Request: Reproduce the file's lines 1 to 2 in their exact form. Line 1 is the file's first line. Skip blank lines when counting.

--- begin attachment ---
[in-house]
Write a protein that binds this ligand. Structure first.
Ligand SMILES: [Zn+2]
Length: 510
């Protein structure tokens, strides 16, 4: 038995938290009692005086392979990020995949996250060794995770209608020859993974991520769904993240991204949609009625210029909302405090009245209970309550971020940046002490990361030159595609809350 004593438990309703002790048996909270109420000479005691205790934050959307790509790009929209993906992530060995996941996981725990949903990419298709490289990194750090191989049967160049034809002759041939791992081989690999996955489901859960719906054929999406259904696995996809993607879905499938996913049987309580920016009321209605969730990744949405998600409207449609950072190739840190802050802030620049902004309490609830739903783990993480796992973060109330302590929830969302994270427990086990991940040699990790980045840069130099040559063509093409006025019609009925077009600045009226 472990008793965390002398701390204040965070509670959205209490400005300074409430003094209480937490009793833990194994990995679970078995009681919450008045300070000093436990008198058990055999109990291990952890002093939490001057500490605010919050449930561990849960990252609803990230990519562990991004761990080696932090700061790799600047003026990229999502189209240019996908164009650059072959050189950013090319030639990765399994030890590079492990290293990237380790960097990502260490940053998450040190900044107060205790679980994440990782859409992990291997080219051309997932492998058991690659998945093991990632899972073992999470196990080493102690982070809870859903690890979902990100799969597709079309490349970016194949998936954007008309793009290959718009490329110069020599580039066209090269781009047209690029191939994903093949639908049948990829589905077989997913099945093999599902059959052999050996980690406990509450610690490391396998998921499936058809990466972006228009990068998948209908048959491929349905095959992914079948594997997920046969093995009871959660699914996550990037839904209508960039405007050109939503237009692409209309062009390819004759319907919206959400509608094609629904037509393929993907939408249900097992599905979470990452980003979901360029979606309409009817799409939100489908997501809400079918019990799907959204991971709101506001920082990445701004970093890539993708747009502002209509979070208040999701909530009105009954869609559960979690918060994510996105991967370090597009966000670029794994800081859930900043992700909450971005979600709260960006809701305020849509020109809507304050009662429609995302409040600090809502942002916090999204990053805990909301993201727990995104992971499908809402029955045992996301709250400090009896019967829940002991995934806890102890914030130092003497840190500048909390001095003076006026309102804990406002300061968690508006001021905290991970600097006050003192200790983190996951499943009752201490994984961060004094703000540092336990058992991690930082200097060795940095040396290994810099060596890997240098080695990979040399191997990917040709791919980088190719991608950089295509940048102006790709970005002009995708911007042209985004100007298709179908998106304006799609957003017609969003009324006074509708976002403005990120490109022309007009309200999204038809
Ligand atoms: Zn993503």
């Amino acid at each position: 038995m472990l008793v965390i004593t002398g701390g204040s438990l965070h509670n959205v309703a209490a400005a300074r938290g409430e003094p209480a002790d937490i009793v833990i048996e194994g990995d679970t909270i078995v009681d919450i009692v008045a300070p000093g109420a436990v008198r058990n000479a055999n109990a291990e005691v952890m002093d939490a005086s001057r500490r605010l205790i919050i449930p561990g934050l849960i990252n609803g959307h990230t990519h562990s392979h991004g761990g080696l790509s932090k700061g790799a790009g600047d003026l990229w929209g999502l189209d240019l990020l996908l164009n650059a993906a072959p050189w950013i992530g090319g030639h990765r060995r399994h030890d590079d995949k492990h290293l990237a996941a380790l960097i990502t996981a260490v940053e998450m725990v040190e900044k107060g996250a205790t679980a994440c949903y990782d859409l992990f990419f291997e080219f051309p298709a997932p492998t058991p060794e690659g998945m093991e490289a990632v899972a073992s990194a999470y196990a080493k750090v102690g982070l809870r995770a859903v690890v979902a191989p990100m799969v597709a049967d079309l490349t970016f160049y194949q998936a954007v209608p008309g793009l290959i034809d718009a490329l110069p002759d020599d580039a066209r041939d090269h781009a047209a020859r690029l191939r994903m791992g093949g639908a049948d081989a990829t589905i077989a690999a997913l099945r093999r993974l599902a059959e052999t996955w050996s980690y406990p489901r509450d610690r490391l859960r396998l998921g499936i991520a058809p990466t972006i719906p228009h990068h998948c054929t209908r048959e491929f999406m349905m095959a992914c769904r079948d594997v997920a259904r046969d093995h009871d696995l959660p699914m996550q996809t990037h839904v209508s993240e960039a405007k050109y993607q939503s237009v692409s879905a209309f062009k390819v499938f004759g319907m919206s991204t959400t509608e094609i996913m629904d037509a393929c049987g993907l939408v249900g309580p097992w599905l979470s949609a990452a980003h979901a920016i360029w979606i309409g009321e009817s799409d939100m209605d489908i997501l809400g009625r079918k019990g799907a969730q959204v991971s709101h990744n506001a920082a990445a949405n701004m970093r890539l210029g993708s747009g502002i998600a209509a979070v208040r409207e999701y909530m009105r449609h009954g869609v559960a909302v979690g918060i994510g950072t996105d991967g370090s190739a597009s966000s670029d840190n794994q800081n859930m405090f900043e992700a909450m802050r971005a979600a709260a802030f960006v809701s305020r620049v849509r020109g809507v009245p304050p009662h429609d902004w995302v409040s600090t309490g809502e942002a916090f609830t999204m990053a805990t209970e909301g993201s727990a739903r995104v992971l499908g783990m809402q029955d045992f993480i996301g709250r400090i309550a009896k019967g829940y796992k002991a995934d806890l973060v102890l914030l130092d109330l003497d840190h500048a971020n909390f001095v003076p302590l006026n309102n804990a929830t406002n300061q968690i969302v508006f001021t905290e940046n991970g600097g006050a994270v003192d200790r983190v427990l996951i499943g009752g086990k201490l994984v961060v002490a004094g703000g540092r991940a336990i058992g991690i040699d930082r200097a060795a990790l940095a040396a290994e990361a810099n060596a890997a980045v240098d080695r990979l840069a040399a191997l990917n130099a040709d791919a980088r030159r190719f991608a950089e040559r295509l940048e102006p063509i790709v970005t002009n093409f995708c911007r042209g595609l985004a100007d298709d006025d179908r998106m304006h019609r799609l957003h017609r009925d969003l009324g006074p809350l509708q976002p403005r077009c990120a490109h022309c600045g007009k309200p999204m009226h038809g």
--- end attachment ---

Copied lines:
[in-house]
Write a protein that binds this ligand. Structure first.